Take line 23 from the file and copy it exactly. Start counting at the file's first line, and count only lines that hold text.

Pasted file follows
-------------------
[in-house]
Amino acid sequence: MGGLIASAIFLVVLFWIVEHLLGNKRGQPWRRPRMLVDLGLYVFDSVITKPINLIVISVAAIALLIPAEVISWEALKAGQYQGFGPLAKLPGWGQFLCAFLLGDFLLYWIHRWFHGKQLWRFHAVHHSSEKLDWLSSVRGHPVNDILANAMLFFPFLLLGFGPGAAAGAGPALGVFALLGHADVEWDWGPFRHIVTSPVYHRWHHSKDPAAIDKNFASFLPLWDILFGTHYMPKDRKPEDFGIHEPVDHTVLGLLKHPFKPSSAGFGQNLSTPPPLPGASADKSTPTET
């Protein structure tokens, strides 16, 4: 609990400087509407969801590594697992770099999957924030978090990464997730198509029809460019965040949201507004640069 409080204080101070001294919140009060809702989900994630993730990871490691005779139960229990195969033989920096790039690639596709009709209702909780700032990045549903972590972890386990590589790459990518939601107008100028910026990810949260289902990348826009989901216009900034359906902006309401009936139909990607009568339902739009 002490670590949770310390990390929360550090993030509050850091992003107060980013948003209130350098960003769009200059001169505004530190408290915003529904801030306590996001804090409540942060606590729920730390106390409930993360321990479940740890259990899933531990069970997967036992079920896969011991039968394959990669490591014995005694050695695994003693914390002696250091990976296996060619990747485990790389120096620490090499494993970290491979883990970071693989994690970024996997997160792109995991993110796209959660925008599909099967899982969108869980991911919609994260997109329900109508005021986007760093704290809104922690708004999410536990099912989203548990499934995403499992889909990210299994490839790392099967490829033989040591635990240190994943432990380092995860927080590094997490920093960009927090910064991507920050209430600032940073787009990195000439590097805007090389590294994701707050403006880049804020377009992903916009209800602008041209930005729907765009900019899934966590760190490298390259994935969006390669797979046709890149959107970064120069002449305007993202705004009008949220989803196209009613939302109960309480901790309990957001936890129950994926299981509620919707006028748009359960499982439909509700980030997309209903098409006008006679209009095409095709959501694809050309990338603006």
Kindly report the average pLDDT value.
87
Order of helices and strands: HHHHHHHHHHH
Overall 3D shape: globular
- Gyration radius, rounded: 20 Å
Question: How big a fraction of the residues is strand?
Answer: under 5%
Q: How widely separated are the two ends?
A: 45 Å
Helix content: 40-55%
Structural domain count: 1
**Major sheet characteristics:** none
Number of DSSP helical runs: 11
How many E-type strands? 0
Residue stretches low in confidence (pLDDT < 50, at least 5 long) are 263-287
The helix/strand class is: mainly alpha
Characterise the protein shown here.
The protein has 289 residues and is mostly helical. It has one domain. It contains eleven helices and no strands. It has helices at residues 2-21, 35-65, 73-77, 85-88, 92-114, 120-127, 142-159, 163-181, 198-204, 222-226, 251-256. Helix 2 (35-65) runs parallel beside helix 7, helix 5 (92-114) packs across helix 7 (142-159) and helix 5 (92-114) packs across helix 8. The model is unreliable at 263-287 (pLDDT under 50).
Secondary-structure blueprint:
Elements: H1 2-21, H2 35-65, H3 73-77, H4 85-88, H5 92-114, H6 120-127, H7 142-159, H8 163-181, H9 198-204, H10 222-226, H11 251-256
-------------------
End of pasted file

Elements: H1 2-21, H2 35-65, H3 73-77, H4 85-88, H5 92-114, H6 120-127, H7 142-159, H8 163-181, H9 198-204, H10 222-226, H11 251-256